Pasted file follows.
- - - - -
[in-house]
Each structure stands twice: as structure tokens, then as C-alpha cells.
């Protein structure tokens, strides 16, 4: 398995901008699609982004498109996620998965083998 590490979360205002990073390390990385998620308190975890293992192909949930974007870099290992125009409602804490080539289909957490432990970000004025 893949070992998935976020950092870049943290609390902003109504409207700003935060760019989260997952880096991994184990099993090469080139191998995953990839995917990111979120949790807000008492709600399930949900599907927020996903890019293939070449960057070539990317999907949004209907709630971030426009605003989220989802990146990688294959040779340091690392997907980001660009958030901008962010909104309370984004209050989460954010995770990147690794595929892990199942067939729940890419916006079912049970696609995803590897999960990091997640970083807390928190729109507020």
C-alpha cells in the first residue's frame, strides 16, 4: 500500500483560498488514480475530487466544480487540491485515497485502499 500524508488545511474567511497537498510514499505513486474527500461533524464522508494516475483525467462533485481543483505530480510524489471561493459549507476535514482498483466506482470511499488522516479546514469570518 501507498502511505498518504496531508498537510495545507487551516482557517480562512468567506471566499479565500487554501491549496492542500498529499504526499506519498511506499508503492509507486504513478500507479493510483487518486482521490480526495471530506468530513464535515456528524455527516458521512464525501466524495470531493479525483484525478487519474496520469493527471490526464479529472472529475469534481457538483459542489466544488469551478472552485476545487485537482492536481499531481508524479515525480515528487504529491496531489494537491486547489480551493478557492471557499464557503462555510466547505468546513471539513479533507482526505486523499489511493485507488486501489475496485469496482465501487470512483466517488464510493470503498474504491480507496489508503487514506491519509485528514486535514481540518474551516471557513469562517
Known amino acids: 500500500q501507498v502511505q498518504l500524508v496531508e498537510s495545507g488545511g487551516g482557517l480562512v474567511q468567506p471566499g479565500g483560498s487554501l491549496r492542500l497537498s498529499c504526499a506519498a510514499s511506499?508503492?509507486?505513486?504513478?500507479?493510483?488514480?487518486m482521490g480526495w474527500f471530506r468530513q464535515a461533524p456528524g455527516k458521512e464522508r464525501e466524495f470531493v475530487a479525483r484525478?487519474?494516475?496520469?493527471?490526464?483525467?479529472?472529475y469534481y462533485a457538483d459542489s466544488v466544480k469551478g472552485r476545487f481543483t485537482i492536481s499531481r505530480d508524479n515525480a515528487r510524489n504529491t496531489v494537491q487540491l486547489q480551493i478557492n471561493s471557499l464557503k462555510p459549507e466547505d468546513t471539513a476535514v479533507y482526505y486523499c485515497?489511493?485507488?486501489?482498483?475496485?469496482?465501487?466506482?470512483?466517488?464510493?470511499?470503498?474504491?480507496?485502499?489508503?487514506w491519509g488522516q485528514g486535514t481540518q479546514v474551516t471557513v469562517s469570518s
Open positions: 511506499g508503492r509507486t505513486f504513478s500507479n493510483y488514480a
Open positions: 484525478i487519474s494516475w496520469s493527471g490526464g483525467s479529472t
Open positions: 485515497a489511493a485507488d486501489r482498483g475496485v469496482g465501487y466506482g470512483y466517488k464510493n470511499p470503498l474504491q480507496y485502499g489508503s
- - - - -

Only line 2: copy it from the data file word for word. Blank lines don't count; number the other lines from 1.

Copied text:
Each structure stands twice: as structure tokens, then as C-alpha cells.